Advertisement

‘Of Two Lineages’ public artwork to be unveiled at Asian Garden Mall on May 20

James Dinh, an artist based in Cerritos, created the sculpture "Of Two Lineages" as the centerpiece of the public art project "Courage to Rebuild" at the Asian Garden Mall in Westminster. The project commemorates the 40th anniversary of Vietnamese migration to the United States.
(Scott Smeltzer / Daily Pilot)

A new public art piece marking 40 years of Vietnamese migration to the United States is slated to be unveiled May 20 in front of Westminster’s Asian Garden Mall.

Commissioned by the Vietnamese American Cultural Alliance in 2015 as part of its “Courage to Rebuild” project, the artwork is aimed not only at celebrating the history, but also the future of Vietnamese Americans, said executive director Alicia Jao.

“We wanted to see that Vietnamese American culture is really able to survive throughout the generations,” Jao said. “We’d love to see it evolve as the second and third generations’, and also mixed generations’, take on what it means for them.”

The sculpture and accompanying plaza, entitled “Of Two Lineages” by Cerritos-based artist James Dinh, is styled as a modern-day retelling of the Vietnamese origin story.

According to Dinh’s telling of the legend, a king from the lowlands marries a princess from the highlands, and together they have 100 eggs, which hatch into 100 children. Half follow their father back to the coast, while the other 50 follow their mother into the mountains. These 100 children are said to be the ancestors of the Vietnamese people.

“I thought about this legend that my parents told me when I was very young,” said Dinh, whose family fled Vietnam in 1975, days before the fall of Saigon, when he was 7.

“This artwork is based on that idea, but it’s a contemporary retelling here in the U.S. The legend is about the founding of a people, so applied here, it’s sort of a rebirth.”

Dinh explained that “Of Two Lineages” captures dualism in the story.

Jesse Duarte, left, with South Bay Steel, touches up the sculpture, "Of Two Lineages," during the installation as the artist James Dinh examines the piece.
(Scott Smeltzer / Daily Pilot)

The first component of his piece is a concrete plaza with built-in benches lined with photographs of 100 ordinary Vietnamese Americans — representing the 100 children who became the ancestors of the Vietnamese people.

The photographs showcase the diversity within the community, including male, female, young, old, happy and sad, Dinh said.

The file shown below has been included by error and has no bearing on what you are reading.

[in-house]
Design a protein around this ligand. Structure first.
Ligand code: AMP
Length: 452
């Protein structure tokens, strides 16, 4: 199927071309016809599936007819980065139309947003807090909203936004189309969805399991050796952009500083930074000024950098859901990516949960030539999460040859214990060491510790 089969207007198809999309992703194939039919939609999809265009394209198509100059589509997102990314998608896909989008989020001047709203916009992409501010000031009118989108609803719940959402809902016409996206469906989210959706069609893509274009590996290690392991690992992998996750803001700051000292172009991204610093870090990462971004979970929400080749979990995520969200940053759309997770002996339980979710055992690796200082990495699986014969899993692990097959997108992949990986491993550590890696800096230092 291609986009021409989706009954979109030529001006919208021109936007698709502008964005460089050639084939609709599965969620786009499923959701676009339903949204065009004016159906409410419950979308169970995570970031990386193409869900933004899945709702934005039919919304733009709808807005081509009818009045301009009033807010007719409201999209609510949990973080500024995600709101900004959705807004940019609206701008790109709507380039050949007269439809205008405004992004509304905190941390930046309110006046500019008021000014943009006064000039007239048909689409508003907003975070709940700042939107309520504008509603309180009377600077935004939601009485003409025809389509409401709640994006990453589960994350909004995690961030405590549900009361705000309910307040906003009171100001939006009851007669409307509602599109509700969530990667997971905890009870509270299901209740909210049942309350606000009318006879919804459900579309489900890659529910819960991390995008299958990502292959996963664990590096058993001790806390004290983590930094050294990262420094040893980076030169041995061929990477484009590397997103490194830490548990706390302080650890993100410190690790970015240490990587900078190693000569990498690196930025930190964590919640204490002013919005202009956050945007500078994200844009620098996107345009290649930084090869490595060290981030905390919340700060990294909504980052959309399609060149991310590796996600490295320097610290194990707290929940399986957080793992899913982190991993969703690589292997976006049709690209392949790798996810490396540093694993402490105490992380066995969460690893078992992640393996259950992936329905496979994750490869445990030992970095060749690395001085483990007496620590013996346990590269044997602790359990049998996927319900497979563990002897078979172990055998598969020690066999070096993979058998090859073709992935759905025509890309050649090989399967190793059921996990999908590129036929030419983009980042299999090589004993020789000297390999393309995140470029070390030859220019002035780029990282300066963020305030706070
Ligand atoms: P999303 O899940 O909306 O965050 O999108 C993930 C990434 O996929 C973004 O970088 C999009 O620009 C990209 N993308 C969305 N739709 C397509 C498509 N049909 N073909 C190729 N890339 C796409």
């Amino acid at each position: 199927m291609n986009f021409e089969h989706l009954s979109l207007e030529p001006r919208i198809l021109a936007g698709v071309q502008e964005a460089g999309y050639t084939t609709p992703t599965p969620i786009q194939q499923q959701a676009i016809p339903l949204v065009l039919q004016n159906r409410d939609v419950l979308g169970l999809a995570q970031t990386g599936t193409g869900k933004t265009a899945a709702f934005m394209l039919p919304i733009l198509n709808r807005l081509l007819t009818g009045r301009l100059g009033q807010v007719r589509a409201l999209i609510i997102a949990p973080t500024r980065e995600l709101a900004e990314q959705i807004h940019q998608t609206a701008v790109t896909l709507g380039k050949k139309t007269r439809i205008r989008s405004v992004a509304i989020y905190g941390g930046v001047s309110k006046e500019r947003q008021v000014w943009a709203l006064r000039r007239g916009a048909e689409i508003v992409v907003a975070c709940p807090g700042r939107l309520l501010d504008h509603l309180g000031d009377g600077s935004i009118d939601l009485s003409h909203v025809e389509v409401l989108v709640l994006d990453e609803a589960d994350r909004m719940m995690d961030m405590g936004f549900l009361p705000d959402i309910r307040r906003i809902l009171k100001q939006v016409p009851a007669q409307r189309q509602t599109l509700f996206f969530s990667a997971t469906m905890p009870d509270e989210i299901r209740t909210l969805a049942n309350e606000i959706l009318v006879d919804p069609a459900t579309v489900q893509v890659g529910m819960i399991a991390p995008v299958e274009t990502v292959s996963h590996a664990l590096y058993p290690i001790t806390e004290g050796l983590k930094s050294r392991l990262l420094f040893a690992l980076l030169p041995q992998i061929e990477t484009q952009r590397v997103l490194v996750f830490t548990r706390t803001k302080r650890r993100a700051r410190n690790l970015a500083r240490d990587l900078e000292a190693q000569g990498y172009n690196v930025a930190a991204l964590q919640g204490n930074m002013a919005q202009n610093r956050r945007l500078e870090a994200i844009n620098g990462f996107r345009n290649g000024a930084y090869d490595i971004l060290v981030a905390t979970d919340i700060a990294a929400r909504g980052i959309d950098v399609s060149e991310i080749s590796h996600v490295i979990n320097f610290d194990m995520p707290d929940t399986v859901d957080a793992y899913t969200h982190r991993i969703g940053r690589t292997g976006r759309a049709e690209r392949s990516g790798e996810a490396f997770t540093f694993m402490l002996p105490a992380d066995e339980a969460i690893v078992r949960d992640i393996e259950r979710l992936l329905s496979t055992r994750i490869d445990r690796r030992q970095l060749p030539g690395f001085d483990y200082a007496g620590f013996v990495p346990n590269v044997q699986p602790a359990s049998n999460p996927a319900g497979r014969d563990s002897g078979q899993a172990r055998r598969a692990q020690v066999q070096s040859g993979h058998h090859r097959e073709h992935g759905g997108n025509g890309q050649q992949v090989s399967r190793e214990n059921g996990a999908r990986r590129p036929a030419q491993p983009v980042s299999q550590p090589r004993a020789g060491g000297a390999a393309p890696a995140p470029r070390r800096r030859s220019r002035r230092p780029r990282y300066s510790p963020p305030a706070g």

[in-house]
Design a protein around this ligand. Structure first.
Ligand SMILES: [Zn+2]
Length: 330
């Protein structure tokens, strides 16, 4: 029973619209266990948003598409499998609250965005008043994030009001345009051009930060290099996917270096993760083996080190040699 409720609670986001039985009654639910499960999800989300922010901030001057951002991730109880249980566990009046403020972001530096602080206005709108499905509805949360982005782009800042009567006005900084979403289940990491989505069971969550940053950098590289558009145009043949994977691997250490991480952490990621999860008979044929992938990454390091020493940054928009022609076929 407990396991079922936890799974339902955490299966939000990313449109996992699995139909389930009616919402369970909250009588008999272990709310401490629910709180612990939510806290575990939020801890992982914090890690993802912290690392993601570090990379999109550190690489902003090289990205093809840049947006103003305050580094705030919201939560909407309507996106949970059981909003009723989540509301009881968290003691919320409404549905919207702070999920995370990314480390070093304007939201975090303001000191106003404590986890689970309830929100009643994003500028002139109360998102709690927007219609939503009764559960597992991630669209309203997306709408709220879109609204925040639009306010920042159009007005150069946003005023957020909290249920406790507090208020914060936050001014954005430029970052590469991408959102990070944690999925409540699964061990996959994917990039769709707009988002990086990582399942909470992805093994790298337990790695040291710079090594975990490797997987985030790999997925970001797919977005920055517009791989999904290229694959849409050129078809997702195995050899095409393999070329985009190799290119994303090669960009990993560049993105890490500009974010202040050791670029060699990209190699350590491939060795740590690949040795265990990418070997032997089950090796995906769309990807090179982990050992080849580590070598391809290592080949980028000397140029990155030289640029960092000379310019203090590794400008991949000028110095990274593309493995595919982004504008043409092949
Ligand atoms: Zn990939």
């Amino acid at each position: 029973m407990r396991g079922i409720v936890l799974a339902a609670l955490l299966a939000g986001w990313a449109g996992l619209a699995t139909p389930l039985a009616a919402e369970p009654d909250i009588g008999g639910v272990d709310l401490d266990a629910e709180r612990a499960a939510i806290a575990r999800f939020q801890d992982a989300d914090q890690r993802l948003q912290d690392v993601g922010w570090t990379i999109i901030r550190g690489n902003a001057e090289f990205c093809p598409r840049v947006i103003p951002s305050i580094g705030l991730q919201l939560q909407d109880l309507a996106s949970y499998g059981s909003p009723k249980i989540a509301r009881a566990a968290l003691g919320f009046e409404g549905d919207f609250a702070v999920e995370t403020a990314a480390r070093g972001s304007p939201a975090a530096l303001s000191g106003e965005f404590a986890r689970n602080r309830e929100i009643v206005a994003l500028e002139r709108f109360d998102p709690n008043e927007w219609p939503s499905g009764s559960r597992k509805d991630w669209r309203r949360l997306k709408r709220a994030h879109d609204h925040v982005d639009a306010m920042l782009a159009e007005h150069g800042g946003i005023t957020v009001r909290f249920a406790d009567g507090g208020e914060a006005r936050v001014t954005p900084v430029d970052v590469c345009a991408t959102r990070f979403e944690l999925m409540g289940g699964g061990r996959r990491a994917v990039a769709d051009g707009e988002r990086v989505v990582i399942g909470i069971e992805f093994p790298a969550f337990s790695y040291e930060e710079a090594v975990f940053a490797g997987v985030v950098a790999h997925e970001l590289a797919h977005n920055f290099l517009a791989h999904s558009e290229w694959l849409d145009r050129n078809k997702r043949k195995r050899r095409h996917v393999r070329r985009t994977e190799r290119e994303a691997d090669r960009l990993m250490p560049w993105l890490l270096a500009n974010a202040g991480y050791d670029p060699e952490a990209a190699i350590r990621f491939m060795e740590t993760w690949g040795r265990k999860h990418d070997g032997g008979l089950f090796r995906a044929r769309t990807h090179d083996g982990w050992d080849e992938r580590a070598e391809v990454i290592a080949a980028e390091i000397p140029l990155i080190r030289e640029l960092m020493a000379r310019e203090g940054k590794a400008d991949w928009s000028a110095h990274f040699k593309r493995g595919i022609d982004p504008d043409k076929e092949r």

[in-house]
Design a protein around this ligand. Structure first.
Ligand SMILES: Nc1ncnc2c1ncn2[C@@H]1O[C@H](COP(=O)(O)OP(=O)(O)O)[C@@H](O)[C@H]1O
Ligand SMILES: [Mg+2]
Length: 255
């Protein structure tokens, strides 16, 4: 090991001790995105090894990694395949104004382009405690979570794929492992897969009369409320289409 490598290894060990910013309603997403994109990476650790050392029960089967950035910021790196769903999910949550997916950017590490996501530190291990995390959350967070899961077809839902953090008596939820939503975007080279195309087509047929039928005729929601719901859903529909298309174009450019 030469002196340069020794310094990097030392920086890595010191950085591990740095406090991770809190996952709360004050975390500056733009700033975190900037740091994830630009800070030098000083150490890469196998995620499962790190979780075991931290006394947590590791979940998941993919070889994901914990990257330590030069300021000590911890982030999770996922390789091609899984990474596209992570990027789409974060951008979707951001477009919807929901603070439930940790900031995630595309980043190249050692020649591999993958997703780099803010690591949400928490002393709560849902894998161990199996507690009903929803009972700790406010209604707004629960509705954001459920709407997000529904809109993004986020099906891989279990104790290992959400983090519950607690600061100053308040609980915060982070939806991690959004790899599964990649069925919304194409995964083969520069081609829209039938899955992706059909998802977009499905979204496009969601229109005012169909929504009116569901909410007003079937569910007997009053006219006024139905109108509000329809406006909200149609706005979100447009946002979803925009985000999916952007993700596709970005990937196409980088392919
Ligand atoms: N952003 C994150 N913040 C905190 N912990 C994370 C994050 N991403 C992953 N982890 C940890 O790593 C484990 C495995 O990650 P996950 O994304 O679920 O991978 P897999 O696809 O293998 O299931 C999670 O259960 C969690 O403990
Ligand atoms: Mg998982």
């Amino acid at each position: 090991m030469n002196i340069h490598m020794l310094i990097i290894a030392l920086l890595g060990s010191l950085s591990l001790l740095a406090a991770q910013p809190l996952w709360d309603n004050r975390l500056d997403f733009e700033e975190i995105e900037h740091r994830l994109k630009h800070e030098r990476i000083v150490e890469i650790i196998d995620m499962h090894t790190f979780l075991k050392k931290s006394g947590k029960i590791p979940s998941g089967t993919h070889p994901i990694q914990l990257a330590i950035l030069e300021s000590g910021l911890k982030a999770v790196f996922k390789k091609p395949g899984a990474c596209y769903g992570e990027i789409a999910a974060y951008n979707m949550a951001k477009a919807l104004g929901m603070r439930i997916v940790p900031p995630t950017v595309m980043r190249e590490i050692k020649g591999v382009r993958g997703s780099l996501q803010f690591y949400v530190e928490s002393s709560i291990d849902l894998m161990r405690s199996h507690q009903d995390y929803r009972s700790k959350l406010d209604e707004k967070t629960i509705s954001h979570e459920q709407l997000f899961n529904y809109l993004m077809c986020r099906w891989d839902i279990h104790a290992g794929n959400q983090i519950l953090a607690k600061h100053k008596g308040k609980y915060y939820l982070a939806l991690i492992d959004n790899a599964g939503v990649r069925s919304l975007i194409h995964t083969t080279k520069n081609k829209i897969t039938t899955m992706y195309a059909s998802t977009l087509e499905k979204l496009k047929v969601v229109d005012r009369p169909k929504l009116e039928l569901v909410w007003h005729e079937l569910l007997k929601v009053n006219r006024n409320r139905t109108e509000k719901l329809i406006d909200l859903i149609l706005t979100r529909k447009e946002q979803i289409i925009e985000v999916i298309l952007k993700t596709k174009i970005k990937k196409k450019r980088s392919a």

The second component is a white cylindrical sculpture standing 17 ½ feet tall. Made of 10 strips of bent steel — creating 100 panels to again represent the 100 children — it was designed to resemble a paper lantern or the trunk of a bamboo tree, Dinh said. A beam of light can be projected from the middle of the cylinder.

“The plaza symbolizes the lowlands — it’s more of a tactile, concrete feel,” said Dinh, referencing the place in the legend where half of the children follow their father.

“The abstract sculpture represents the highlands — it’s light, ephemeral and upward reaching. There’s a dialogue between something abstract and something tangible.”

But for Dinh, who was previously commissioned by the Los Angeles County Arts Commission to create a public art project for the Hacienda Heights Community Center, “Of Two Lineages” is not just art — it’s also practical.

“I’ve been coming to this mall ever since I was a little kid, so I know how people use it,” he said, noting that the Asian Garden Mall serves as a sort of community center in Little Saigon. “There are a lot of older gentlemen who usually lounge around and talk, play cards, drink coffee. I hope they use this space to sit.”

“It was always my intention to create a space, rather than an object.”

Jao said that one reason Dinh was selected from a large group of international artists was because of the way his artwork can engage younger Vietnamese Americans.

“He has taken things that are iconic to Vietnamese history and what he enjoyed in his childhood to help future generations also enjoy the culture and the history,” she said.

“We wanted to think about the 40 years as a joyous time. The fall of Saigon was marked as a tumultuous period in our community’s history, but now when we look back on 40-odd years, it’s really a celebration of all of our achievements as a community.”

CAITLIN YOSHIKO KANDIL is a contributor to Times Community News.


Advertisement